finding an update direction of said trial image via:
computing a sub-gradient of said norm of said sparse image representation and a gradient of said data fidelity term;
applying a nonuniform Fourier transform of said trial image;
subtracting said first set of data from said nonuniform Fourier transform;
using an adjoint of said nonuniform Fourier transform to obtain said gradient of said data fidelity term;
finding a step size in said update direction using a backtracking line search algorithm; and
updating said trial image based upon said update direction and said step size.
7. The method of claim 2, further comprising:
at each iteration of a plurality of iterations of said Bregman iteration:
updating said data fidelity term; and
repeating said conjugate gradient sub-algorithm to iteratively update said trial image.
8. The method of claim 2, further comprising:
determining said sparse representation of said trial image derived from said detected set of data.
9. The method of claim 2, wherein said minimization algorithm attempts to minimize an equation:
min m Ψ ( m ) 1 + λ A m - y 2 2
where:
m is a representation of said trial image;
ψ is a transformation that transforms said representation of said trial image into a sparse representation;
λ is a Lagrange multiplier;
∥ ∥ is a norm;
A is a non-uniform Fourier transform matrix; and
y is undersampled measured k-space data.
10. The method of claim 2, wherein said formulated functional comprises a term:
m BV = i , j x m re ( i , j ) 2 + x m im ( i , j ) 2 + y m re ( i , j ) 2 + y m im ( i , j ) 2
where:
m is a representation of said trial image;
mre is a real component of said representation of said trial image;
mim is an imaginary component of said representation of said trial image;
ψ is a transformation that transforms said representation of said trial image into a sparse representation;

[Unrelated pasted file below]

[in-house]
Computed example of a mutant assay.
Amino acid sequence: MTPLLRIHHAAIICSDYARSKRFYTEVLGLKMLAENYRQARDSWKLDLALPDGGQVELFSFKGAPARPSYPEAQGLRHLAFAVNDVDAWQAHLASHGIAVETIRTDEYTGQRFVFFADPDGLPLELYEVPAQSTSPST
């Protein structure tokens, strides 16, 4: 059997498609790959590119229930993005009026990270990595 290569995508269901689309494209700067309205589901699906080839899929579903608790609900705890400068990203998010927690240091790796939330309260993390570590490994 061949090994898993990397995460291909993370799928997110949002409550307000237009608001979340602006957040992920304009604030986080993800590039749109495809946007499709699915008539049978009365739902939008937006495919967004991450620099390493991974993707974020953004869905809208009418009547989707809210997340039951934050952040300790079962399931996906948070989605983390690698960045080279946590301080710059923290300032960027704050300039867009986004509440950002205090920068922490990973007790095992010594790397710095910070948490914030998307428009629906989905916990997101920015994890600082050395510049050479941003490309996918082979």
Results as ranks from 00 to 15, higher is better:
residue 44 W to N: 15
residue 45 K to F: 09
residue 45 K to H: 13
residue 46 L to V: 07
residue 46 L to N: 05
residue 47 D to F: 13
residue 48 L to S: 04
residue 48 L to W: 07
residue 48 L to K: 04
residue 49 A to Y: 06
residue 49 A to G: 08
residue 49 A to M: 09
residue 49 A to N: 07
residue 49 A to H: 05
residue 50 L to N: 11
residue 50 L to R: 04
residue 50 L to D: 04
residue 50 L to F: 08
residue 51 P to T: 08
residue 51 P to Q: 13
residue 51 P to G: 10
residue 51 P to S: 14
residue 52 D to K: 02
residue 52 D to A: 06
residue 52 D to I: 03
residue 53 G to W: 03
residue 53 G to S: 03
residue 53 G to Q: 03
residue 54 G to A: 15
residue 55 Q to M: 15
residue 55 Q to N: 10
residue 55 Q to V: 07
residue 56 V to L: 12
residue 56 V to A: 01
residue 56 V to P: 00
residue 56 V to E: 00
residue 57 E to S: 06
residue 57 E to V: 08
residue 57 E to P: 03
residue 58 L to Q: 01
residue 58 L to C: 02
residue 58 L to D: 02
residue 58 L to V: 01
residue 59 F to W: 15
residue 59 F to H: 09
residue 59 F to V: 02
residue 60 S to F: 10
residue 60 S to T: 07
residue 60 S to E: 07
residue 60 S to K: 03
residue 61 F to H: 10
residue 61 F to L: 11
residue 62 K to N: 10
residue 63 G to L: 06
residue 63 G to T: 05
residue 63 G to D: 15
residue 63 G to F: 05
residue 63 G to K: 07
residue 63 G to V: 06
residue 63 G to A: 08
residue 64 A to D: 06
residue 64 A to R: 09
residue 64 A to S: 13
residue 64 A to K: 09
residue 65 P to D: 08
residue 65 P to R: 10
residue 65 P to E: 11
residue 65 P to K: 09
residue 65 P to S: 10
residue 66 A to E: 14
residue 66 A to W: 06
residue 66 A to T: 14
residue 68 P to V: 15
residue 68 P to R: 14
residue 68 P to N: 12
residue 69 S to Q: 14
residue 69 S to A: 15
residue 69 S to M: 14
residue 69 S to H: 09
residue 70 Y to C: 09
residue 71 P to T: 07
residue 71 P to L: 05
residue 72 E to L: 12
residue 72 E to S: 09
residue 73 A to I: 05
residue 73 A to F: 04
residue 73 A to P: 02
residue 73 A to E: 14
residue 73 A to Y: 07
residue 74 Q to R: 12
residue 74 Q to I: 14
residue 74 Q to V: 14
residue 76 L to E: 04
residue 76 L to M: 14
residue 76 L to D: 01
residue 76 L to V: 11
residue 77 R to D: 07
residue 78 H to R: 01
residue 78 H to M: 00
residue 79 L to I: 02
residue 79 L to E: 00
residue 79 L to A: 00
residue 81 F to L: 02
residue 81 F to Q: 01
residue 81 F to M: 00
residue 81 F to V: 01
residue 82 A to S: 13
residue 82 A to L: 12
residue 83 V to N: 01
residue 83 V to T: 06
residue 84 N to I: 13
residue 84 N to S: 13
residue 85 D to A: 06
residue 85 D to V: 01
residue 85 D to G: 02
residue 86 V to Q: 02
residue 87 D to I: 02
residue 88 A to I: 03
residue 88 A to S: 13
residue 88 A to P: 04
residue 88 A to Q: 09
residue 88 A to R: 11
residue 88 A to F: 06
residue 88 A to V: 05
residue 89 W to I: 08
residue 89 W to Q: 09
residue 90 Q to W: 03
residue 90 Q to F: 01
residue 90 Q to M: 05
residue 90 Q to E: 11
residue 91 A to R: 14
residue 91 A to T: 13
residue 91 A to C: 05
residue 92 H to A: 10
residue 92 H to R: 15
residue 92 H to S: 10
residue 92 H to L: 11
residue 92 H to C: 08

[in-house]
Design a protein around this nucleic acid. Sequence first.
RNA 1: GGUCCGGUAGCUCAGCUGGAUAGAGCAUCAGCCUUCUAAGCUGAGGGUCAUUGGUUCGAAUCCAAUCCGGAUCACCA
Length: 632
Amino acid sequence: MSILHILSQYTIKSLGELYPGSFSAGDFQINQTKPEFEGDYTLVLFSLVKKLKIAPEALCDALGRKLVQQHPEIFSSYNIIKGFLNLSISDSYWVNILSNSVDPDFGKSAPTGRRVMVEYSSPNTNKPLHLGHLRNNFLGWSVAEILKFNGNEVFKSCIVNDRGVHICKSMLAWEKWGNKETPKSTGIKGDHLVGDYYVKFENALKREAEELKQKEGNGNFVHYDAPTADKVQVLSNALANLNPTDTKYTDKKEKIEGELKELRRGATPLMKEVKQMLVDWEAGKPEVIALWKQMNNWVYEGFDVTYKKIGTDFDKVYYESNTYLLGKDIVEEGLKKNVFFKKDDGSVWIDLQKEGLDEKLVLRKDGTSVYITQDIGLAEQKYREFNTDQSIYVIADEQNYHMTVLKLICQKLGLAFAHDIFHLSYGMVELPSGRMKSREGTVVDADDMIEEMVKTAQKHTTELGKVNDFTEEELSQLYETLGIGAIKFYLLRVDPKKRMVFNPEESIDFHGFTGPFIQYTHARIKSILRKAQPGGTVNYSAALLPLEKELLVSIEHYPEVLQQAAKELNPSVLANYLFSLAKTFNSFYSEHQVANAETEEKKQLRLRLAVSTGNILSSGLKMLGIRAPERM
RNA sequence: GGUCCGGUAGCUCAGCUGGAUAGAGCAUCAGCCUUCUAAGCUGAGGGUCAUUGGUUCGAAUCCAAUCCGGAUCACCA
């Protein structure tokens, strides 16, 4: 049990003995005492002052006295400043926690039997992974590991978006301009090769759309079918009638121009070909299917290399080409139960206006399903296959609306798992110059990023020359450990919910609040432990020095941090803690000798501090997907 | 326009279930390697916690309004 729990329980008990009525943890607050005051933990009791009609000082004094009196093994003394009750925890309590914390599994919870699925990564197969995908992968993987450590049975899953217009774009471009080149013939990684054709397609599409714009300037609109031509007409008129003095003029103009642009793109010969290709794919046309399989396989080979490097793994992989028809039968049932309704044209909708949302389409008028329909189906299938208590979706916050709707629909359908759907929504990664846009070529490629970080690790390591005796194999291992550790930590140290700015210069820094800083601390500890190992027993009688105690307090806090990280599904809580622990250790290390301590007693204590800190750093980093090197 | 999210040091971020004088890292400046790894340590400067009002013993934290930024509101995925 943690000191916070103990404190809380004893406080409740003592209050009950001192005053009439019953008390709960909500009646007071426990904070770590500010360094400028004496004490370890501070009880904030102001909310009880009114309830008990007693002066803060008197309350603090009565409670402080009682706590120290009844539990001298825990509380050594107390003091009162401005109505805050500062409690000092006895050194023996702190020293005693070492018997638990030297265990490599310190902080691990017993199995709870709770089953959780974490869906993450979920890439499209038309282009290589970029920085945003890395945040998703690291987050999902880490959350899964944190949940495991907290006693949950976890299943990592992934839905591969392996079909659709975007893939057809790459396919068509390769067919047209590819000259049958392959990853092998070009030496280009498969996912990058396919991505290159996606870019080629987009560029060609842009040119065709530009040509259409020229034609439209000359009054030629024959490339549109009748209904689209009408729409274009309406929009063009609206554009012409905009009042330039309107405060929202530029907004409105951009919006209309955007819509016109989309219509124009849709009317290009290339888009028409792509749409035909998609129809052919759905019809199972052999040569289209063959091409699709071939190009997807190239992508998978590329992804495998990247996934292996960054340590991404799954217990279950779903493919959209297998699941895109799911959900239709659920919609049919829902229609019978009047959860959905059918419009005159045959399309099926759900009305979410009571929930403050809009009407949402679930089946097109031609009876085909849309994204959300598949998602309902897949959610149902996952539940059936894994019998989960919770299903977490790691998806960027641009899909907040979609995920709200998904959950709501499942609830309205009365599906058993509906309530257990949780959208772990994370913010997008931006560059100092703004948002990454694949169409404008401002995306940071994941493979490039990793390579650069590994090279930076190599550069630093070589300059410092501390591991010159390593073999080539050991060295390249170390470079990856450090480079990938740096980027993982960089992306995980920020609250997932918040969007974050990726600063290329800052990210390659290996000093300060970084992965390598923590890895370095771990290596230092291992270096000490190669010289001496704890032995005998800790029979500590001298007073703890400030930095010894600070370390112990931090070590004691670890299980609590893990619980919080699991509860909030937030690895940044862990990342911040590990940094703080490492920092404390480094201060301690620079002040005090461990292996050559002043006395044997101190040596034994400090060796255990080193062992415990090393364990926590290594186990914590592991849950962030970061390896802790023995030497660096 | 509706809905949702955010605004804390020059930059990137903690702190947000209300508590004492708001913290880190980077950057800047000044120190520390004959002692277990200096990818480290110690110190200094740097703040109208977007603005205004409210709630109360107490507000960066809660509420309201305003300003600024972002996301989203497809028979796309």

∥m∥BV is a hounded variation norm;
∇ is a gradient symbol;
∥ is an absolute value of an expression;
x is a horizontal direction in said representation of said trial image in a predetermined coordinate system;
y is a vertical direction in said representation of said trial image in said predetermined coordinate system;
i is an index for pixels in a vertical direction in said predetermined coordinate system; and
j is an index for pixels in a horizontal direction in said predetermined coordinate system.
11. The method of claim 2, wherein said conjugate gradient sub-algorithm comprises evaluating an equation:

∇∥m∥ BVi-1,j x−ζi,j xi,j-1 y−ζi,j y,
where:
ζ i , j x = x m ( i , j ) x m re ( i , j ) 2 + y m re ( i , j ) 2 + x m im ( i , j ) 2 + y m im ( i , j ) 2 + ɛ ; ζ i , j y = y m ( i , j ) x m re ( i , j ) 2 + y m re ( i , j ) 2 + x m im ( i , j ) 2 + y m im ( i , j ) 2 + ɛ ;
m is a representation of said trial image;
mre is a real component of said representation of said trial image;
min is an imaginary component of said representation of said trial image;
ε is a small constant;
∇ is a gradient symbol;
∥ is an absolute value of an expression;
x is a horizontal direction in said representation of said trial image in a predetermined coordinate system;
y is a vertical direction in said representation of said trial image in said predetermined coordinate system;
i is an index for pixels in a vertical direction in said predetermined coordinate system; and
j is an index for pixels in a horizontal direction in said predetermined coordinate system.
12. The method of claim 2, wherein said formulated functional comprises a term:
m = p α L , p φ L , p + q = L + 1 J p α q , p ϕ q , p
where:
m is a representation of said trial image;
J is related to a length of said signal by N=2J;
L is a lowest level (coarsest level) in a multiscale representation;
αp,q are transformed coefficients;